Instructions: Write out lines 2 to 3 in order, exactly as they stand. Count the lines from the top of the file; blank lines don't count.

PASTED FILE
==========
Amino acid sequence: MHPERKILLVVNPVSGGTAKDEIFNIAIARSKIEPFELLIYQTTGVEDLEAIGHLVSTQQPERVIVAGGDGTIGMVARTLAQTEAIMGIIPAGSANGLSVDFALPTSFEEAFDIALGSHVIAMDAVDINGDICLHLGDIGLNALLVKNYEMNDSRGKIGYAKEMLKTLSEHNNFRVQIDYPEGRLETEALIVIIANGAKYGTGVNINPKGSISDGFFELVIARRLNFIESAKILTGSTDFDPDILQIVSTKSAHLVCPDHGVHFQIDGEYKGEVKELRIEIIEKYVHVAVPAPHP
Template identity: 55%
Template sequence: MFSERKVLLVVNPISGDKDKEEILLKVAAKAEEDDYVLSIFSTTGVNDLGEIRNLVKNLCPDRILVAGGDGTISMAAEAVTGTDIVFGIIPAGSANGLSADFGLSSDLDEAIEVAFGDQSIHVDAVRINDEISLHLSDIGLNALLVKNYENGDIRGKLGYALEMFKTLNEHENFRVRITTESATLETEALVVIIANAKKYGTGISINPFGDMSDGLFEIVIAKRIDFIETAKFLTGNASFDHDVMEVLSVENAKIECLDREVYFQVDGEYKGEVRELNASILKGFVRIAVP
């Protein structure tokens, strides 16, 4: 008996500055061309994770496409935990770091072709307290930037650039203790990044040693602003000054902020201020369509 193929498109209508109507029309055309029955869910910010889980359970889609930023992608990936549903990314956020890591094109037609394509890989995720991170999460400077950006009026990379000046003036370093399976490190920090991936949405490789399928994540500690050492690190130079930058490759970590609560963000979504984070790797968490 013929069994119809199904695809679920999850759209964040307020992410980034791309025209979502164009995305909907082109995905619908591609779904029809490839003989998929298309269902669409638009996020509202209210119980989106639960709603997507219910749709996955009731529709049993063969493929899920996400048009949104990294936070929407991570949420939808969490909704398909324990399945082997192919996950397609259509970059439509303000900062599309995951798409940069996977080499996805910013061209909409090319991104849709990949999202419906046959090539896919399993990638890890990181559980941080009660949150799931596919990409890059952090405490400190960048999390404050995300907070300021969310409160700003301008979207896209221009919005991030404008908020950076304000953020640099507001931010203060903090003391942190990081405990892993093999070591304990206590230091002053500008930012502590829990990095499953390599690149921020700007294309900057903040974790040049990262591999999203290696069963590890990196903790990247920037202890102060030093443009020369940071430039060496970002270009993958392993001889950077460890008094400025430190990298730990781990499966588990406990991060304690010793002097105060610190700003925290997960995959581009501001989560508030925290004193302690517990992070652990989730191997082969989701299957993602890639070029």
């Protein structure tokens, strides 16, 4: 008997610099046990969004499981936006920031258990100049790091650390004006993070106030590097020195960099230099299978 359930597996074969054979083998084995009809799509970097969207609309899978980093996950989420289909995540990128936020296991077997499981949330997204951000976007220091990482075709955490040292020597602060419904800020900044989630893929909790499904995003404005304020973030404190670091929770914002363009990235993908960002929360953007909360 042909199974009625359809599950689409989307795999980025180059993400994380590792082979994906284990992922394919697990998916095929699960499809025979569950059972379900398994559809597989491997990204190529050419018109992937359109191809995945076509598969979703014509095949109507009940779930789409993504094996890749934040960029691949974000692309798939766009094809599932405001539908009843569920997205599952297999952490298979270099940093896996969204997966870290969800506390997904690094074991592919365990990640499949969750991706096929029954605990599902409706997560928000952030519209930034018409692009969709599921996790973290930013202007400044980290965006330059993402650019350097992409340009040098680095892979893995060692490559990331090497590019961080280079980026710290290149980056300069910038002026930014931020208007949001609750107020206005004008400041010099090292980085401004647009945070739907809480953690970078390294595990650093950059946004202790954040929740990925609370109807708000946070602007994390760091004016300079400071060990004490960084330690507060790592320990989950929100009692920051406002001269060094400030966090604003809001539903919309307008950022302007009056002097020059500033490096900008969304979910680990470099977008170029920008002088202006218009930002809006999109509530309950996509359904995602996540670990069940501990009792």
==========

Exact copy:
Template identity: 55%
Template sequence: MFSERKVLLVVNPISGDKDKEEILLKVAAKAEEDDYVLSIFSTTGVNDLGEIRNLVKNLCPDRILVAGGDGTISMAAEAVTGTDIVFGIIPAGSANGLSADFGLSSDLDEAIEVAFGDQSIHVDAVRINDEISLHLSDIGLNALLVKNYENGDIRGKLGYALEMFKTLNEHENFRVRITTESATLETEALVVIIANAKKYGTGISINPFGDMSDGLFEIVIAKRIDFIETAKFLTGNASFDHDVMEVLSVENAKIECLDREVYFQVDGEYKGEVRELNASILKGFVRIAVP